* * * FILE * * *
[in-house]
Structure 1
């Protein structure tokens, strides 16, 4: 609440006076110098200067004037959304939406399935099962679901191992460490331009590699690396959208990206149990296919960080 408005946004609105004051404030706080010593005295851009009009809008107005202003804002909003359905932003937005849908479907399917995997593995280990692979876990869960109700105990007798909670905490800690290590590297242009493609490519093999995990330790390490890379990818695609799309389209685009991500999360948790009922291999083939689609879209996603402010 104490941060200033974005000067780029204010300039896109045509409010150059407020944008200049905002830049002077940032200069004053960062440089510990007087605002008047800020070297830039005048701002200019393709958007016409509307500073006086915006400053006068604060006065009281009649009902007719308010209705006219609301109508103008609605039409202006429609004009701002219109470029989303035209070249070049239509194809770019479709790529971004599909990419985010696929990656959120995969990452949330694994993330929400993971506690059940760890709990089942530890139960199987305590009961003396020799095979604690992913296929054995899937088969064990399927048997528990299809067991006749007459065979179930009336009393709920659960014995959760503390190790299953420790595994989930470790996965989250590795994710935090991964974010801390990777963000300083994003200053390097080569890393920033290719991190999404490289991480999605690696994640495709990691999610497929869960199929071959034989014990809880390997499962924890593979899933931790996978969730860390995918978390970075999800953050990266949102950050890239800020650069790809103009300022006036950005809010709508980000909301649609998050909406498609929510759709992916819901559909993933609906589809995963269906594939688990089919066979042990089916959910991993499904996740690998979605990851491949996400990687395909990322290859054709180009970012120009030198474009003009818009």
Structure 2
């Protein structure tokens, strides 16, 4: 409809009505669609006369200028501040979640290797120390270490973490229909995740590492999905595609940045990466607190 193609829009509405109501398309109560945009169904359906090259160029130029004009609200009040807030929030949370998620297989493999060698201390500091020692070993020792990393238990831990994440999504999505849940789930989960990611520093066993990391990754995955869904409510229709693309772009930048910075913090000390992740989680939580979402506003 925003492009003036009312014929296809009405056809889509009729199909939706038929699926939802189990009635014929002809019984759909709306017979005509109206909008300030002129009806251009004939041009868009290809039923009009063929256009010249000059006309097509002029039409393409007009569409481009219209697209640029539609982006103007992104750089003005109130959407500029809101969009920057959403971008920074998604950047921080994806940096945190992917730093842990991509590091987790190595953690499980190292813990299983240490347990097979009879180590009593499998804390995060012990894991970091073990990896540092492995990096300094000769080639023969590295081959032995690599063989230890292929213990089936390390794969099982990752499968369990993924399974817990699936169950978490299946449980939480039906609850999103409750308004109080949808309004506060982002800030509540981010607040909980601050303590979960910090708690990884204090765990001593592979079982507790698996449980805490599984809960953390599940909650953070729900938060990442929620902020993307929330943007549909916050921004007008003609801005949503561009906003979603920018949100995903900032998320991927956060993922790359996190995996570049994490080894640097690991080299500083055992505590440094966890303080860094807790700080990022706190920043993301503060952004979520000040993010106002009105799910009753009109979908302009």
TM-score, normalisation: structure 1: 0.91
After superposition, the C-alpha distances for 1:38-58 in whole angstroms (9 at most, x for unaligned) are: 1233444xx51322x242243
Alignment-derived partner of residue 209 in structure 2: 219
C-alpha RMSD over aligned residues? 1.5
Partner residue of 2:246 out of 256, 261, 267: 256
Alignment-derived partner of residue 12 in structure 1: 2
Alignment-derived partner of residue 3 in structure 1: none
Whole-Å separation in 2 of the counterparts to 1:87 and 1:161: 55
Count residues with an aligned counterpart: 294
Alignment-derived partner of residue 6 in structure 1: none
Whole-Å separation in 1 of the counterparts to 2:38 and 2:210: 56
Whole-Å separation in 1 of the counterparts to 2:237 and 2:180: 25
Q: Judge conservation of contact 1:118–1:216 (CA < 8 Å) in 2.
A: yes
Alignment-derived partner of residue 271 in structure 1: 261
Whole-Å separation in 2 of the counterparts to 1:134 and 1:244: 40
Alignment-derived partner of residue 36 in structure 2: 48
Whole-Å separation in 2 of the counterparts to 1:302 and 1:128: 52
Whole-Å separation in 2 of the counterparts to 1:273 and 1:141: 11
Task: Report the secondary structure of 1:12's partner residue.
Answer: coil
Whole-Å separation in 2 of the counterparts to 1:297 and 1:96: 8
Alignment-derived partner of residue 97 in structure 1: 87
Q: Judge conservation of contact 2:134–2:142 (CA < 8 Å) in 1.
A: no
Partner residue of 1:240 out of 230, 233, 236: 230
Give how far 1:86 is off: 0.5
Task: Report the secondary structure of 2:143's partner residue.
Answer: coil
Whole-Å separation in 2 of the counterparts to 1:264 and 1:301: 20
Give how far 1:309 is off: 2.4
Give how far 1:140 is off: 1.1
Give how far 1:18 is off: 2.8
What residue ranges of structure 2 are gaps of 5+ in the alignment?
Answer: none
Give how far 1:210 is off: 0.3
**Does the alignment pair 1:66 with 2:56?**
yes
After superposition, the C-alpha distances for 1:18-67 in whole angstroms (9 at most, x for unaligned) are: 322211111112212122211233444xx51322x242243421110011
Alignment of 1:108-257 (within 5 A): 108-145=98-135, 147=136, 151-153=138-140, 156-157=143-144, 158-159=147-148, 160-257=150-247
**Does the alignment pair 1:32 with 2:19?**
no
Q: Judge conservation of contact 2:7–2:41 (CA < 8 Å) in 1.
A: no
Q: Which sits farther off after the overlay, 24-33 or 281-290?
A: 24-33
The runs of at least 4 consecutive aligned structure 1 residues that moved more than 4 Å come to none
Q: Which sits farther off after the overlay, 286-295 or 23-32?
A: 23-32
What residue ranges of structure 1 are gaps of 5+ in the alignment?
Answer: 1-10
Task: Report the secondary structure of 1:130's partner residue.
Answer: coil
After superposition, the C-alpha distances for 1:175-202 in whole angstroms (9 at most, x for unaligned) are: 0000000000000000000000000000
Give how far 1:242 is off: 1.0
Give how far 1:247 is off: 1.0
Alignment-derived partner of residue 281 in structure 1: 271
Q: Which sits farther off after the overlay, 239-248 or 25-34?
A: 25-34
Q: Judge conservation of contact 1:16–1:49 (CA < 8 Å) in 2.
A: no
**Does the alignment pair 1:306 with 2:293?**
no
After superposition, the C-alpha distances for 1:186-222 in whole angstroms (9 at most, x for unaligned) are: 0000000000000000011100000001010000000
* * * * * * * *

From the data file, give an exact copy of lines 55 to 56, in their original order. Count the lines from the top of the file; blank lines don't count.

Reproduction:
What residue ranges of structure 1 are gaps of 5+ in the alignment?
Answer: 1-10